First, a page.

9 ways Software Carpentry has changed my life

I recently left a position as an intern for Greg Wilson with Software Carpentry. I want to document the impact my involvement with SWC has had on my life and encourage anyone who is looking for a way to get involved in the open source community to consider entering via SWC.

(1) Greg (and SWC) always believed in me. I never once doubted my worth as a member of the organization. I knew that I belonged and that I was appreciated. I also knew that I was heard. I knew that Greg would be there to fight for me, that I always had someone on my side. I have been lucky to have some great mentors in my life, but I definitely took Greg’s support for granted. Now I know that when you find an expert professional mentor, you hold onto them tight. Don’t let them escape!

(2) Greg pushed me to be my best. I was recently reading a post called “20 things 20-year-olds don’t get” which says that (in your 20’s) you should be getting your butt kicked everyday. By that, the writer meant that you should improve everyday. Greg pushes me to do my best work with respect to academia, but he also pushes me to be healthy and effective at being a working-adult (and having a balance with real life).


Greg pushes me to go places and meet people that (as an introvert) I never would otherwise

(3) I got to travel and meet all different sorts of people. I worked in Toronto, Logan, UT, San Francisco, Monterey Bay, and Chicago. I had opportunities to go to Oklahoma, Virginia, and Massachusetts that I just didn’t get time for. I was able to live the dream of being a 20-something traveler, seeing the world.

Screenshot 2013-08-05 at 9.10.59 AM

Mountains in Logan, UT

(4) SWC has a comprehensive code of conduct. In a male-dominated world of engineers and computer scientists, it’s absolutely refreshing to be a part of a community that is as open and accepting as SWC is. SWC has also helped me connect with other groups, like PyLadies, that help me feel supported as a woman in tech. Overall, SWC taught me to expect the best of people, not to settle for the status quo treatment of women in tech.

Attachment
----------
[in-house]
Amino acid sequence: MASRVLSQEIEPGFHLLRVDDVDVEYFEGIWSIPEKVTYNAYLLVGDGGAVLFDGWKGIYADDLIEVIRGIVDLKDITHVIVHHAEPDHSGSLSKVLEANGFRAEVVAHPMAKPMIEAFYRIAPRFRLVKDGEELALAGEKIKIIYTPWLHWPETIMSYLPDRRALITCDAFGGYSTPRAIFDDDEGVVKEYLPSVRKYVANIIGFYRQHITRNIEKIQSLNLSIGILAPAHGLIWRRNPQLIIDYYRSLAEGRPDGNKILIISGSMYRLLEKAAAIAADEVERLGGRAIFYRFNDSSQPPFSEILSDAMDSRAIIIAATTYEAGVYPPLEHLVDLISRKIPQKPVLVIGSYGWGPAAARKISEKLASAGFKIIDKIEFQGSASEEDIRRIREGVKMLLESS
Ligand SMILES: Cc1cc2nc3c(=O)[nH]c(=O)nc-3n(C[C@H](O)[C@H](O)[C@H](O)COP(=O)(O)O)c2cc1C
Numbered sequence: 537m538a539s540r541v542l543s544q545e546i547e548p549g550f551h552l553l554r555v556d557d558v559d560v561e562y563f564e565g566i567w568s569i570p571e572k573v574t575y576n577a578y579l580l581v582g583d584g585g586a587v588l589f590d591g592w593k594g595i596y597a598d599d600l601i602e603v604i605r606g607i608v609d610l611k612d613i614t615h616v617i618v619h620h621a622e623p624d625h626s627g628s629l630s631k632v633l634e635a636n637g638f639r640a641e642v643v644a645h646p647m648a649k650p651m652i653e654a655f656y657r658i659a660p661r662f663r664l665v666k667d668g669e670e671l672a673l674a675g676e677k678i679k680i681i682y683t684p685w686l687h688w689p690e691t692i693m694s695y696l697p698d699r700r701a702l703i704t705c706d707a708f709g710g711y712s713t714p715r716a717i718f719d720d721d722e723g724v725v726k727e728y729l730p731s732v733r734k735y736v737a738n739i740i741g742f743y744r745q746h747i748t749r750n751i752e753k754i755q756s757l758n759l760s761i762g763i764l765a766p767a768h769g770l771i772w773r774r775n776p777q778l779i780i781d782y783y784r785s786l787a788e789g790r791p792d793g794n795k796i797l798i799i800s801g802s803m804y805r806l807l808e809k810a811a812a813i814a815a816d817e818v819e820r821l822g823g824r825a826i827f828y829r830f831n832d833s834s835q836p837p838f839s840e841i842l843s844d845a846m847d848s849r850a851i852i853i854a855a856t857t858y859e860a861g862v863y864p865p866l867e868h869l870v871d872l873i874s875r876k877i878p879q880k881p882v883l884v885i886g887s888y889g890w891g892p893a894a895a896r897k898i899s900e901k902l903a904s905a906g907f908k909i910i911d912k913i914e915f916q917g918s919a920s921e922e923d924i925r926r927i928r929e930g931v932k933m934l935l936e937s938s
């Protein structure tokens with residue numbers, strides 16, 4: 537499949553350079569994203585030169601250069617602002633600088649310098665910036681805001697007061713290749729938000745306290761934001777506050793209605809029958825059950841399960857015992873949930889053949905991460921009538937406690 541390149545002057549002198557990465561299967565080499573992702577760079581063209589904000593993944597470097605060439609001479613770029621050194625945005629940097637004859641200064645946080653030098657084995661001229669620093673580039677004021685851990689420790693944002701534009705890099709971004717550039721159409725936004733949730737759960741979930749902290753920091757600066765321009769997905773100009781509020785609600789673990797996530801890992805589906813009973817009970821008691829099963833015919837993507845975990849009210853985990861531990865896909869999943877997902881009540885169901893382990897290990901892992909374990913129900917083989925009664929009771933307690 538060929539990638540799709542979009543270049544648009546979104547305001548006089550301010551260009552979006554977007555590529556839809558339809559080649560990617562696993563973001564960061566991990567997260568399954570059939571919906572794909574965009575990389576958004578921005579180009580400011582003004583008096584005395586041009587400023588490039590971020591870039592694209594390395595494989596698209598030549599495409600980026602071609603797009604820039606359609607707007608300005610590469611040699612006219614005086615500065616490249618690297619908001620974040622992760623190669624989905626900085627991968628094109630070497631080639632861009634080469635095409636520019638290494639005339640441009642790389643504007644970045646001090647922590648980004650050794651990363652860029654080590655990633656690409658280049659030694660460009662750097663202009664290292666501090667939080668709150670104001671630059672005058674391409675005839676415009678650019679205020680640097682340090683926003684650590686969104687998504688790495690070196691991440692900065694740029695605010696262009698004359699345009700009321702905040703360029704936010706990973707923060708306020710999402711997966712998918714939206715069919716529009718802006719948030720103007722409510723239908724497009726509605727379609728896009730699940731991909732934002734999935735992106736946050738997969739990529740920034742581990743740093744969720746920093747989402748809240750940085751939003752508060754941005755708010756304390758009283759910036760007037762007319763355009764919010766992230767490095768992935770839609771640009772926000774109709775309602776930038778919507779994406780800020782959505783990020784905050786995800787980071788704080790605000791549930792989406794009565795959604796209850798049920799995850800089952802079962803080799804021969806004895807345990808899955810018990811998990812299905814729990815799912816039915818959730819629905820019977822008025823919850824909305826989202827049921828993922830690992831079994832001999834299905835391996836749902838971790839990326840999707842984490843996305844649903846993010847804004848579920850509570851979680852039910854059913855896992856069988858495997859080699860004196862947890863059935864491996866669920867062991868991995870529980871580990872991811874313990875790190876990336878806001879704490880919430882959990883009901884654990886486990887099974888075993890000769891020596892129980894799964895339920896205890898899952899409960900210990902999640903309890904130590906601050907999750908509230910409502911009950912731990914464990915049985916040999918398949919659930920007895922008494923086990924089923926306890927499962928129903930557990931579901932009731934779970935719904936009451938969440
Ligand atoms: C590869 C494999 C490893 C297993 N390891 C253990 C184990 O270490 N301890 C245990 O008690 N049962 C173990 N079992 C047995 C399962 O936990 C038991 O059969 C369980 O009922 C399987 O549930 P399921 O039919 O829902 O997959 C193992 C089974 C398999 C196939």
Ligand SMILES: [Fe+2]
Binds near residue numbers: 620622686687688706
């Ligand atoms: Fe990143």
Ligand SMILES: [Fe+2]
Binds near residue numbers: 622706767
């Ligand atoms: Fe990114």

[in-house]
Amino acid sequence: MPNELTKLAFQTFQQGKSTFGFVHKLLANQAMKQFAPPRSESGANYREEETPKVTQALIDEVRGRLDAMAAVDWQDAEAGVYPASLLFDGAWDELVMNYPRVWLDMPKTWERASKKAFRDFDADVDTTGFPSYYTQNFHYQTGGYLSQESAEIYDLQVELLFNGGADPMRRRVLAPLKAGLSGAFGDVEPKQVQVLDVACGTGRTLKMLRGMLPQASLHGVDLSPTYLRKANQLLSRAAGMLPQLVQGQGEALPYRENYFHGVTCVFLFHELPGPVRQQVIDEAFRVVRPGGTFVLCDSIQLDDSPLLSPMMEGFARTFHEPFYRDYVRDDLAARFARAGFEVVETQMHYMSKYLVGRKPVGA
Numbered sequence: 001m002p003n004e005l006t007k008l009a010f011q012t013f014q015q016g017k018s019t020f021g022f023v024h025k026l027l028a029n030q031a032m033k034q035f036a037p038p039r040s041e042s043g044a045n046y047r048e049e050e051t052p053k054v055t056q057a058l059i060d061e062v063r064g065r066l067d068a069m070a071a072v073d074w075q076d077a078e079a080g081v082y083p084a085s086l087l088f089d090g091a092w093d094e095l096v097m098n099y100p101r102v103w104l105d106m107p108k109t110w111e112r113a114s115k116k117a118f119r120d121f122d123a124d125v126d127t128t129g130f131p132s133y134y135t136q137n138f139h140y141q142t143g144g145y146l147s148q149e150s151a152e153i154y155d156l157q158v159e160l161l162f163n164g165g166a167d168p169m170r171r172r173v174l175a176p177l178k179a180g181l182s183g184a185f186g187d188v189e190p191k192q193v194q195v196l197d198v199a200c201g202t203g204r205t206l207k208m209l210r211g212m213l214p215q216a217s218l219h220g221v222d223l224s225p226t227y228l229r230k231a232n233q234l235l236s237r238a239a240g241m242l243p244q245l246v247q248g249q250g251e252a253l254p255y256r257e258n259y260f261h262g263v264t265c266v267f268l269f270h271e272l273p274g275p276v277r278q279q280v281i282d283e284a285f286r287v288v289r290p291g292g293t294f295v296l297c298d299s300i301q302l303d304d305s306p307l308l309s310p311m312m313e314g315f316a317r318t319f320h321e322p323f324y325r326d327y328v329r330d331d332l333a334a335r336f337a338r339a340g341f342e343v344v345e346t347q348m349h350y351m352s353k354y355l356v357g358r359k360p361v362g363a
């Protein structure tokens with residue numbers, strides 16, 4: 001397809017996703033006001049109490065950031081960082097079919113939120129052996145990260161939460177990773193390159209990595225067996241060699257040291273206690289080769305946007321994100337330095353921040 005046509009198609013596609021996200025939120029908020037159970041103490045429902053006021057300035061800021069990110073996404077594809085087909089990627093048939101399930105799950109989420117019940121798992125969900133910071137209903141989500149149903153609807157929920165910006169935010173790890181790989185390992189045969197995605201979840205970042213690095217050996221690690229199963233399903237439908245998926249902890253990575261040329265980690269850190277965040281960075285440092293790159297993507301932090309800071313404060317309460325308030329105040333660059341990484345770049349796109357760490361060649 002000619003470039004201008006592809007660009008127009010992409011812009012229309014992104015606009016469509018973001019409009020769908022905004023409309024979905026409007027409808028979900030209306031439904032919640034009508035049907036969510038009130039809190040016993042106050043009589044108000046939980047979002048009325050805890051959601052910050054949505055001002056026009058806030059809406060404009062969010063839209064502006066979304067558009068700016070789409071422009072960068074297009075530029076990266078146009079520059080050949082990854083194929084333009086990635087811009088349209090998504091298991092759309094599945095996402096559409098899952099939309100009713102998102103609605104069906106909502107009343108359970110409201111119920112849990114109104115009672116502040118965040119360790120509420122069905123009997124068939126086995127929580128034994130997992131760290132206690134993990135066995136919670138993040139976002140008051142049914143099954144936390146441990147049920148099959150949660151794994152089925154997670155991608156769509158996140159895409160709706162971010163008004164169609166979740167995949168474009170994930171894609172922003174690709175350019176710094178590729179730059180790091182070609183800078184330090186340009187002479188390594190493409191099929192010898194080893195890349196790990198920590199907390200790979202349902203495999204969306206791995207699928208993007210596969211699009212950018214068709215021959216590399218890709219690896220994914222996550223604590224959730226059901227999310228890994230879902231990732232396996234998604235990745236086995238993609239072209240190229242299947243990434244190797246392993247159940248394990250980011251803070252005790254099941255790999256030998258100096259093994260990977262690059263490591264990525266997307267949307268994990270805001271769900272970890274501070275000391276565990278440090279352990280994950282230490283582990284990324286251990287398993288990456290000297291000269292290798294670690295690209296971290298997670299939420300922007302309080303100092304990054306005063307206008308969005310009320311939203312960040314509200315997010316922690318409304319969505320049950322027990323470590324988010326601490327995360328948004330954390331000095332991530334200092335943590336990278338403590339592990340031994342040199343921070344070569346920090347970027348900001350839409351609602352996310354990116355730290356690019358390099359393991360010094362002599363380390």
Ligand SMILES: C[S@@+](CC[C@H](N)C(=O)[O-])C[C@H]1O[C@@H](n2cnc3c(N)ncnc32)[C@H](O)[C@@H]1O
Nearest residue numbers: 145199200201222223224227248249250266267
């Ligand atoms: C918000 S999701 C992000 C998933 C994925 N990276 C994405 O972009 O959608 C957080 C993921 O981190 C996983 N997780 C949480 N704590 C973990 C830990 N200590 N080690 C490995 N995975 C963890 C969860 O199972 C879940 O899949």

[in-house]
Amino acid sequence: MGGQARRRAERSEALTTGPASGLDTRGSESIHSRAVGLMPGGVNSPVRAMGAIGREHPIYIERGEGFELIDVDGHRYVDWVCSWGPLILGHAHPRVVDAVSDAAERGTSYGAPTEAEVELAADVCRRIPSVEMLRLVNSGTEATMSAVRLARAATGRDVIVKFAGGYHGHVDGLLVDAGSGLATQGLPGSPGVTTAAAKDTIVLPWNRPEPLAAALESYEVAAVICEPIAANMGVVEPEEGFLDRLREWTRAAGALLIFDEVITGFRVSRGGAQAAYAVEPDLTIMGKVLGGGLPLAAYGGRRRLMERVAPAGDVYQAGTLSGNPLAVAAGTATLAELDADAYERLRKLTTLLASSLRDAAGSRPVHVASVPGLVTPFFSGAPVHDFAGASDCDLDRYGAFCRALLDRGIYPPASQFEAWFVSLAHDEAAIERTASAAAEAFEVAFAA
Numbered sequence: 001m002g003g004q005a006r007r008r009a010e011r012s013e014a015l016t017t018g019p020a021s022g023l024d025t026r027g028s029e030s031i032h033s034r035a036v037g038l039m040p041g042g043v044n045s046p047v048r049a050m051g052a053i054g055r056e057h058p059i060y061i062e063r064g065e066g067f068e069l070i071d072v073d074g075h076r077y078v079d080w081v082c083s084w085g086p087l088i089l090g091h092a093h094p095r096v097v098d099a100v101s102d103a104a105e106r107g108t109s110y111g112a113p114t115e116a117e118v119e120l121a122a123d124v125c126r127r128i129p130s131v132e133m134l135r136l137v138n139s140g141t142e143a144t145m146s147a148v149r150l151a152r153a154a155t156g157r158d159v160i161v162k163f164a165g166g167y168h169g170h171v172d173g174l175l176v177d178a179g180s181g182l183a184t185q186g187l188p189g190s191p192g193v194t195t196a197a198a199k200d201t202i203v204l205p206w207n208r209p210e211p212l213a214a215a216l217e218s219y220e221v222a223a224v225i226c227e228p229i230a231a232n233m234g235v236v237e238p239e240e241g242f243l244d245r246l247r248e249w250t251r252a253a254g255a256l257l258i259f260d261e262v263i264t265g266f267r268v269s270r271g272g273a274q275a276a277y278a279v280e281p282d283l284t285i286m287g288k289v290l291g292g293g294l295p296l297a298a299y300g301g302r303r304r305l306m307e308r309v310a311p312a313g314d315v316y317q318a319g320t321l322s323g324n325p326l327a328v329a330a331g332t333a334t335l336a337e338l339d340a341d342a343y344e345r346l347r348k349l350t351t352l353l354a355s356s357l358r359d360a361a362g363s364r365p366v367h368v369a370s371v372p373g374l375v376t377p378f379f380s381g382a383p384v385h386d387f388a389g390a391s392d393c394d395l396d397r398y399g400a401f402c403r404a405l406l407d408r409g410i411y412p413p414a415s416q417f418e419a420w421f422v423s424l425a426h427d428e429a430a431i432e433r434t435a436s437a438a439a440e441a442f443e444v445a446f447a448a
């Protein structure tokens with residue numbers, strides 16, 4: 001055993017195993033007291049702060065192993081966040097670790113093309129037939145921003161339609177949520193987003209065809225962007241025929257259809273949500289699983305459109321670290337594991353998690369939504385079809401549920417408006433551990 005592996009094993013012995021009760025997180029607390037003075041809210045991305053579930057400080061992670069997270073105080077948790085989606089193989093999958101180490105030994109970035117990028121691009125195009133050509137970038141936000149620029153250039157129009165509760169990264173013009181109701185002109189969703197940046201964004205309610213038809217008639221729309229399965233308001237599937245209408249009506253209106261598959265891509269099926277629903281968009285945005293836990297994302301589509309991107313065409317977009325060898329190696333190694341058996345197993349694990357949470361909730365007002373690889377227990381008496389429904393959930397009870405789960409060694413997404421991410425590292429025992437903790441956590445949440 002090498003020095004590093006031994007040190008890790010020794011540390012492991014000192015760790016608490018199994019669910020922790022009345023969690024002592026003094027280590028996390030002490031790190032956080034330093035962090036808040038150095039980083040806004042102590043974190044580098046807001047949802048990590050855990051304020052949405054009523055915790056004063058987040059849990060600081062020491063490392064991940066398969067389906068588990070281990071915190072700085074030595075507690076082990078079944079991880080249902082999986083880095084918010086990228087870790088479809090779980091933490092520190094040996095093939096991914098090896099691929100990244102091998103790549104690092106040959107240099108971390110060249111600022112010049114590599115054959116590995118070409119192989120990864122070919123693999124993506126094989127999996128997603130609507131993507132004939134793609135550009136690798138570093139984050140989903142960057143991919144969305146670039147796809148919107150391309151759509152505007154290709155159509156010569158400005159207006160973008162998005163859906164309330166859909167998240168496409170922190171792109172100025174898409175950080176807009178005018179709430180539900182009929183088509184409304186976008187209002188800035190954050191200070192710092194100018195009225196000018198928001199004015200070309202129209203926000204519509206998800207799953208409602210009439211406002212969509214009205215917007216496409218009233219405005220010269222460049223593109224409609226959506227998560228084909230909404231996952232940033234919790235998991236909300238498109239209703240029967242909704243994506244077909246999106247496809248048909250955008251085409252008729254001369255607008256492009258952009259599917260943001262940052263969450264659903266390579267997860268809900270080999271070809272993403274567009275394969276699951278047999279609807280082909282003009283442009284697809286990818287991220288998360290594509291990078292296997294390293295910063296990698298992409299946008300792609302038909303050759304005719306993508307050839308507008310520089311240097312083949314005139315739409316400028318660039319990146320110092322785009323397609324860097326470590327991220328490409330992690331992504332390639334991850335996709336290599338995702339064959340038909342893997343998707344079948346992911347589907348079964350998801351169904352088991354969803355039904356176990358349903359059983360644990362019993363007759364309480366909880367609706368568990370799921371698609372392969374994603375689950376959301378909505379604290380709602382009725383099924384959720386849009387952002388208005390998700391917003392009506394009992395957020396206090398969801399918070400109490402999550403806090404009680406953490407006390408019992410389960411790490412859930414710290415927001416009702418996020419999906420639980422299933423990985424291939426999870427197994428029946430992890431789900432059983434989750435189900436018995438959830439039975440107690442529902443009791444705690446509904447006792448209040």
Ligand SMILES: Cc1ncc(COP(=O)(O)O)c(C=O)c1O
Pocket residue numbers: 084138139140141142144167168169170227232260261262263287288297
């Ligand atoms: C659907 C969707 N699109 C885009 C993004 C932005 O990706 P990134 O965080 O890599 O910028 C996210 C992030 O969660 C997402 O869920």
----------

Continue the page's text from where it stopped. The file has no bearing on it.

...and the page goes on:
Screenshot 2013-08-05 at 8.57.58 AM

(5) I was able to find a series of role models. Through SWC, I met people who define the essence of who I want to be as a professional. Titus Brown teaches me to be genuine and not to be afraid to make waves. Matt Davis teaches me to be patient, to listen, and never to be afraid to offer a helping hand. Tracy Teal teaches me to stand up for myself, to build an individual identity, to ask any questions I have. Ethan White teaches me how to be an engaging speaker and how to be welcoming to newcomers. And most of all, Greg Wilson teaches me the power of supporting another person, the power of believing in another person.

Watching Ethan White teach about the shell, inspiring research scientists

(6) I was never once treated as “the new kid.” There is no hazing. There is no Noogler hat. In fact, I believe SWC actually focuses on creating a truly open and accessible environment for newcomers and new-learners of all different levels in the open source software / scientific community. I know now the importance of treating even newcomers as full, contributing, valued members of a community.

(7) SWC taught me to believe in openness. To be fair, Titus Brown has had a huge hand in that lesson as well. But I am now a believer in tweeting and blogging my own work, documenting on GitHub, and generally sharing what I am doing in whatever ways possible. As I am transitioning into a job in a corporate environment, I am struggling with saying goodbye to the vast openness that I experienced when working with SWC. I miss it, and I still believe it is the best way to work.

(8) I had the opportunity to meet and befriend really awesome, talented, driven, exciting people through SWC. I’ve now added Dan McGlinn, Karthik Ram, Jessica McKellar, Jon Pipitone, Anthony Scopatz, and tons of others, to my circle of programmer-friends. They spice up my life, keep me inspired, and give me ideas for how to incorporate my own unique interests / personality into the work that I do.

An ipynb love letter I wrote using Matt Davis’s ipython blocks


Jon Pipitone from Toronto made me an art journal out of his old lab notebooks and left it as a surprise gift for me at a local cafe

(9) SWC is actually making a difference. The work I was doing with SWC was based on interviewing and surveying previous participants of the programming boot camps to find out if the workshops were having a significant impact. What I learned from those interviews, from meeting all those people, is that SWC and the messages they deliver about open science, reproducibility, and the fact that anyone can program, are actually making a difference in the lives of real people. Really, if you’re going to join a volunteer organization, what better group to join than one you know is already out there changing lives for the better? I knew I was making a difference in the world, actually having a positive and lasting impact.

My first chance teaching for SWC, at Utah State University

I already miss the collaboration that I was able to do with SWC in the past 8-10 months of my life, and I hope to be reintegrating with them soon as I am now finally adjusting to my new job. In the mean time, I want to encourage people who are looking for a clear, welcoming, supportive entrypoint into open source to check out Software Carpentry.


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